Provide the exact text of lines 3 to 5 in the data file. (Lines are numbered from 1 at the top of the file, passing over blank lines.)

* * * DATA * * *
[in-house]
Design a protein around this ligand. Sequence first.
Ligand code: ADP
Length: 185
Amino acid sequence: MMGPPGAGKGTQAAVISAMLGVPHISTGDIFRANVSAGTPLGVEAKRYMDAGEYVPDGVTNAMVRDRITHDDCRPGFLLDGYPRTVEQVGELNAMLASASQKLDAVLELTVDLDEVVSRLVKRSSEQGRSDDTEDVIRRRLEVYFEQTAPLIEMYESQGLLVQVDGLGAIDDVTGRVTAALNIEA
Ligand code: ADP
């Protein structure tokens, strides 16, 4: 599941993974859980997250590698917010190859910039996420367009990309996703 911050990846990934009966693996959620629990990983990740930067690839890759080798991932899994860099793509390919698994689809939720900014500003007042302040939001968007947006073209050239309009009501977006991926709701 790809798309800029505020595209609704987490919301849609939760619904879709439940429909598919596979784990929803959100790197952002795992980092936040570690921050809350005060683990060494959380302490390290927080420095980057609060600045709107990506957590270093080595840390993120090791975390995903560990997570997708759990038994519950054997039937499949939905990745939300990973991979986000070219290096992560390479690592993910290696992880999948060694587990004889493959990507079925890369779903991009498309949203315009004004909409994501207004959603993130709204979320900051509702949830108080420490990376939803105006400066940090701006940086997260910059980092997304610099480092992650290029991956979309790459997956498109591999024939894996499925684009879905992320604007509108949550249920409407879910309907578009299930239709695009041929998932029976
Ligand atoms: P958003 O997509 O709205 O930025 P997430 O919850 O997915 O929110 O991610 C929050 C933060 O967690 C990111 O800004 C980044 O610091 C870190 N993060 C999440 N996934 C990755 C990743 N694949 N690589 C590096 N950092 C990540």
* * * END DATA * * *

Ligand code: ADP
Length: 185
Amino acid sequence: MMGPPGAGKGTQAAVISAMLGVPHISTGDIFRANVSAGTPLGVEAKRYMDAGEYVPDGVTNAMVRDRITHDDCRPGFLLDGYPRTVEQVGELNAMLASASQKLDAVLELTVDLDEVVSRLVKRSSEQGRSDDTEDVIRRRLEVYFEQTAPLIEMYESQGLLVQVDGLGAIDDVTGRVTAALNIEA